When you think October and Halloween, is there a particular place that comes to mind? Well Salem, Massachusetts is the top destination for travelers. Located in the 6th State in our Nation, known as the “Bay State” and admitted to the Union in 1788 — Salem is best known as the site of the “Salem Witch Trials” dating back to 1692 that playwright Arthur Miller featured in his famous play, The Crucible. A short 40-minute drive northeast of Boston, this seaside community is actually a worthwhile trip year-round if you enjoy history, literature, maritime fun and the outdoors, art, family travel, group travel, food, shopping, and of course an engaging dose of witchery.

The Salem House of the Seven Gables in Salem Massachusetts

Salem House of the Seven Gables in Salem. MA

For our latest “Destination Spotlight” from the popular series in our nationally syndicated travel radio show, we turned our attention to Halloween and Salem — as experiencing it there is certainly unlike anything duplicated elsewhere. In fact, Halloween festivities in Salem go on the entire month of October each year!

Over the years, there’s been much back and forth debate about the tourism focus of the “Witch City”. We’ve visited several times during different months of the year and there’s a lot more to discover about this city than just the witch history. And prices are considerably less expensive with far fewer tourists if you visit outside of the month of October. With the Coronavirus pandemic going on, this is even more of a compelling reason to plan your visit offseason.

Salem Witch House

Salem Witch House

In early American history, European settlers helped transform Salem into a significant seaport. Its maritime history is rich and visitors can enjoy the Salem Maritime National Historic Site and the Friendship of Salem, a replica of the 1797 merchant vessel. The Peabody Essex Museum boasts one of the area’s most diverse collections of art, including old maritime figureheads. This is quite a culturally diverse museum and well worth a stop when you visit.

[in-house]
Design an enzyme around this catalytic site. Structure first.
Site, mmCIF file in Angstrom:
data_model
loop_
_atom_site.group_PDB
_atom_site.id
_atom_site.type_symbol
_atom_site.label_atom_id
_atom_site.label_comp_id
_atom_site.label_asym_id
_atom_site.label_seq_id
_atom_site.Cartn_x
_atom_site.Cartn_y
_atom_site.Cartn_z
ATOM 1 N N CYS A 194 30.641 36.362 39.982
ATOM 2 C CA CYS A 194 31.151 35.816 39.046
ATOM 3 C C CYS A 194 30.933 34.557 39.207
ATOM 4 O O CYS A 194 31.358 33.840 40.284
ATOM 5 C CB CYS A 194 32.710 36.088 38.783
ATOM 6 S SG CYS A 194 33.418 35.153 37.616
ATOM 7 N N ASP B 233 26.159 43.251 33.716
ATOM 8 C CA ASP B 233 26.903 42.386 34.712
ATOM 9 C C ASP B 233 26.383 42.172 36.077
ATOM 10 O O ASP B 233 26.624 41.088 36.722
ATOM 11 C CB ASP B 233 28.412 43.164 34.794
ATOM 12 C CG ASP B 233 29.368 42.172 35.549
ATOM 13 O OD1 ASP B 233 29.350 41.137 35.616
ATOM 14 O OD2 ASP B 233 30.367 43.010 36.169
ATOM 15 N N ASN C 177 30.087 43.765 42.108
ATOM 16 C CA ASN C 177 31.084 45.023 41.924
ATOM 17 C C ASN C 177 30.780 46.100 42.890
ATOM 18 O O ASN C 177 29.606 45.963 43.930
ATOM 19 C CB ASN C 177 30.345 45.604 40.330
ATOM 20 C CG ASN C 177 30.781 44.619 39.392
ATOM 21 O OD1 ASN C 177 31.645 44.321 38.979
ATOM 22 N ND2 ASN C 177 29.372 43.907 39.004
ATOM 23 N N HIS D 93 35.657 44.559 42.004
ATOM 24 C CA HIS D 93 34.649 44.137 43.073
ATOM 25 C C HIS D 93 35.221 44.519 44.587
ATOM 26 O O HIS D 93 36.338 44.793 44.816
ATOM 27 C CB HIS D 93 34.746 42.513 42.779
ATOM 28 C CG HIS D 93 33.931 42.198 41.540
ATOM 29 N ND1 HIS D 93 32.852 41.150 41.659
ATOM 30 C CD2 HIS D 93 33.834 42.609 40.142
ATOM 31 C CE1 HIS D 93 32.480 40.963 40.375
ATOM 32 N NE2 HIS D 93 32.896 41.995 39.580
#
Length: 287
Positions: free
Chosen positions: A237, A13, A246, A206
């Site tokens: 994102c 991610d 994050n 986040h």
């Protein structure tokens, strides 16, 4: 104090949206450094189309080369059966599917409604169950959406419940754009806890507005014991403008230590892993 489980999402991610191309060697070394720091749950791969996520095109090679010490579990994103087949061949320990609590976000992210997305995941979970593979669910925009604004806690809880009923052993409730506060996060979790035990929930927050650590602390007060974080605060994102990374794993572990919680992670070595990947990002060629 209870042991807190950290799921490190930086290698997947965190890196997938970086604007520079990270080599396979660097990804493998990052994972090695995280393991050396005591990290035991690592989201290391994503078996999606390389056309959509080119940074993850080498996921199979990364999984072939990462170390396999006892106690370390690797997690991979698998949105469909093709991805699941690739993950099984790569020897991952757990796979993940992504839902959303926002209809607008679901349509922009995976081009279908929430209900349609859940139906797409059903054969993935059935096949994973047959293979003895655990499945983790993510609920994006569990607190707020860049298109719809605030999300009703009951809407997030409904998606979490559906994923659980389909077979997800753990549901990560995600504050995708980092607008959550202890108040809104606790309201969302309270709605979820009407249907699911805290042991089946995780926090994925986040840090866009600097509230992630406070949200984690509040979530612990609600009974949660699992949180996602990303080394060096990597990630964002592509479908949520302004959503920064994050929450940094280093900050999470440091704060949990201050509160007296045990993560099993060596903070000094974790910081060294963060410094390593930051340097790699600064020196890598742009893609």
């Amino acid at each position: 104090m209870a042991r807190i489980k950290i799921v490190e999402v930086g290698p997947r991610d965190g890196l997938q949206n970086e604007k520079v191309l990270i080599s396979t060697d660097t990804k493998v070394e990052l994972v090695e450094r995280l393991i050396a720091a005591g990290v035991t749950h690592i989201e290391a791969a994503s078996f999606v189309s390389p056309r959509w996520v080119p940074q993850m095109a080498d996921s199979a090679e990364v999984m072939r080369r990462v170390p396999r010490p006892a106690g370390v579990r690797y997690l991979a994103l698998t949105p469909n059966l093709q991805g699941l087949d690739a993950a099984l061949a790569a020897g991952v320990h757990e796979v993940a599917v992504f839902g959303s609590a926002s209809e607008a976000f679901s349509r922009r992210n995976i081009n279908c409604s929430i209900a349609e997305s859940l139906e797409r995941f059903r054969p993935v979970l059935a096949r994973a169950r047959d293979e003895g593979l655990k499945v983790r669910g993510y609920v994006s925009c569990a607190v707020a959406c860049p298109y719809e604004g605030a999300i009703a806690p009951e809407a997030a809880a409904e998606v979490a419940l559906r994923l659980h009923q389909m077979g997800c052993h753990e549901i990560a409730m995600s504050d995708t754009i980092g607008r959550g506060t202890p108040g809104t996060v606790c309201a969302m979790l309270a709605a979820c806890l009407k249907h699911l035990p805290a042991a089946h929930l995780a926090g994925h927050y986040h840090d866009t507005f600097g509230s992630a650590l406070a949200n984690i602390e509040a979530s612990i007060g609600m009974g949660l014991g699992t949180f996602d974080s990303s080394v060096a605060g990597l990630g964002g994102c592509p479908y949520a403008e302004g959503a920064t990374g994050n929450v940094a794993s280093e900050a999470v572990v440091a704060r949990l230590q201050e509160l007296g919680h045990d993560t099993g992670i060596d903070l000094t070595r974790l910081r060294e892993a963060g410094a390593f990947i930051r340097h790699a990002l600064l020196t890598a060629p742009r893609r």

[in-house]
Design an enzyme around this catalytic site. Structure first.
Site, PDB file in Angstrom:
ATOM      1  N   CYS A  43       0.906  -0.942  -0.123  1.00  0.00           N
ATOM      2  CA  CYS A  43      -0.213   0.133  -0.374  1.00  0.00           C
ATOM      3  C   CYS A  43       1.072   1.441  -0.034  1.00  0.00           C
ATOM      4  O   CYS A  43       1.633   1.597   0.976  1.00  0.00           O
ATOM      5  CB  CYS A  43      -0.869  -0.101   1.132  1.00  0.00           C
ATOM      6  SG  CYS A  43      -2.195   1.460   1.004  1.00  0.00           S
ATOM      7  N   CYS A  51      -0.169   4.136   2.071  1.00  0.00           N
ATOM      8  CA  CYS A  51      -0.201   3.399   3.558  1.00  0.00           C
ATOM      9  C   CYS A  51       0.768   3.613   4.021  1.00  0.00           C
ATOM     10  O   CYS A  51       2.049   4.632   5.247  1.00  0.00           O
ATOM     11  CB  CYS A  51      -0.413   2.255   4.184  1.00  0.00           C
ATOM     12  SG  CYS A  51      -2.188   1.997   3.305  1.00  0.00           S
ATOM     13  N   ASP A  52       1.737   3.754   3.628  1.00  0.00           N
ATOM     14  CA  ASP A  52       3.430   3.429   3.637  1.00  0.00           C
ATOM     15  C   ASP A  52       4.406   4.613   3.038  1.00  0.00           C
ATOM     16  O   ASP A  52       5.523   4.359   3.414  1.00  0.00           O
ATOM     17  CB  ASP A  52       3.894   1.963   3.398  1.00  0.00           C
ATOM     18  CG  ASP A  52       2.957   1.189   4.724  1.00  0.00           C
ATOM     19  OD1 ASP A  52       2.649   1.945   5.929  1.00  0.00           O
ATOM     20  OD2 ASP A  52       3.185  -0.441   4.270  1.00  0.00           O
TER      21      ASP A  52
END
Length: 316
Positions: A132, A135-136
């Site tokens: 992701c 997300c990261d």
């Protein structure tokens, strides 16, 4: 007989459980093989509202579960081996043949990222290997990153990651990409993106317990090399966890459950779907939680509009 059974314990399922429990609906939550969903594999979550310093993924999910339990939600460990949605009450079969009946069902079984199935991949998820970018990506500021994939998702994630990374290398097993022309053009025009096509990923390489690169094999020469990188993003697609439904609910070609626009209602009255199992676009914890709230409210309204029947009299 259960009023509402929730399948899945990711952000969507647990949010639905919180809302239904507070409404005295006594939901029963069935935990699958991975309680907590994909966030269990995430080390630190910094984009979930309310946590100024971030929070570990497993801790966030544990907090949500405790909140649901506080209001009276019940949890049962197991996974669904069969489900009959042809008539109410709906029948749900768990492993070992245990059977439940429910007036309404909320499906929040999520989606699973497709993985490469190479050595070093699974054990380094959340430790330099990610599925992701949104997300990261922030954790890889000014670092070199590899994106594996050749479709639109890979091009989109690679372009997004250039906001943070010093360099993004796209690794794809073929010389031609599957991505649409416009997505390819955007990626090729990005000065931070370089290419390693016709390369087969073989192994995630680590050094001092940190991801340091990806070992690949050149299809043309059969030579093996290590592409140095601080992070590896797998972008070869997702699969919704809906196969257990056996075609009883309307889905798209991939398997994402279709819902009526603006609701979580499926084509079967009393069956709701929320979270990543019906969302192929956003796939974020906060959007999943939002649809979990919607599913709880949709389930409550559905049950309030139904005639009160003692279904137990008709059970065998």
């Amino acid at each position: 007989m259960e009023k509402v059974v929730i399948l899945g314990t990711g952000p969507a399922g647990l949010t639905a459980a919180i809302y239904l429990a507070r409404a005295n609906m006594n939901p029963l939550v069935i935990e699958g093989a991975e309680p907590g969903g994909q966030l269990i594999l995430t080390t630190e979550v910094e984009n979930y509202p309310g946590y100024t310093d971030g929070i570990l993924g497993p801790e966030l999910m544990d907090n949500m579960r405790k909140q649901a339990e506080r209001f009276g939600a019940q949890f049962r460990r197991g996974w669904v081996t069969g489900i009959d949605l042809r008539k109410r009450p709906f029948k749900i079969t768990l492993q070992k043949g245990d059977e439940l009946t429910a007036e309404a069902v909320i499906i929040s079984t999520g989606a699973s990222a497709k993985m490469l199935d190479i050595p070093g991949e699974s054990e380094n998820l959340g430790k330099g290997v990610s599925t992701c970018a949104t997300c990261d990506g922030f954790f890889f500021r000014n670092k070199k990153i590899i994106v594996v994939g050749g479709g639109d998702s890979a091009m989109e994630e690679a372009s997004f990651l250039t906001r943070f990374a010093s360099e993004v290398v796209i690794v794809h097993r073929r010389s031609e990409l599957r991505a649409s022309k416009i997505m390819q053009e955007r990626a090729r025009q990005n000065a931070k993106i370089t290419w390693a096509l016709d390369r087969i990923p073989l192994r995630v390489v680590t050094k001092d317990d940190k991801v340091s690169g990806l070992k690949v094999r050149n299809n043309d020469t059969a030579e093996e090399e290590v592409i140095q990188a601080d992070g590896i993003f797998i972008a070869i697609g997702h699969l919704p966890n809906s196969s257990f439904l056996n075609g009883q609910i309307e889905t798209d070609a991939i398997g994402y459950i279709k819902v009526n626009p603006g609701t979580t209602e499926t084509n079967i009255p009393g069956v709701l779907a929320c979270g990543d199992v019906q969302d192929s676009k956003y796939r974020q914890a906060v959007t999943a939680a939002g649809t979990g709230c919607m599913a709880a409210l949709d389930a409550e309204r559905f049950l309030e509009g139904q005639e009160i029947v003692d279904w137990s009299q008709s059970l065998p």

From April through November, New Derby Street is home to Artists’ Row, which comes alive with painters, fabric artists, and more all working in their studios and galleries. You can admire — and if the mood strikes — purchase their handmade wares.

Salem is a great walking city and as you journey around, you’ll notice many of Salem’s oldest buildings and homes have been extremely well preserved. Two beautiful old homes to visit are the Phillips House and Pickering House, and both offer tours. The McIntire Historic District is home to a number of pre-1900 homes and provides an opportunity to literally walk American history! That’s because you’ll find placards on each historic home detailing the original founder and corresponding profession.

As we touted above, there’s plenty to see and do in Salem, Massachusetts and we encourage that the next time you think about New England or plan to be in Boston or even nearby Portland, Maine — go experience this engaging city as it provides a peaceful, seaside escape that’s sure to delight in many different ways — and the ‘hauntings’, Witch Museum and other attractions surrounding the Trials are on display year-round!

Share your own Salem travels stories or other travel experiences with us using the “Contact Us” tab at RMWorldTravel.com.

Safe and Happy Travels!

Robert & Mary Carey, Hosts
America’s #1 Travel Radio Show
www.RMWorldTravel.com

Photo credit Salem House of the Seven Gables: Jared Charney (courtesy of Robert & Mary Carey)
Photo credit: Salem Witch House (photo provided by Robert & Mary Carey)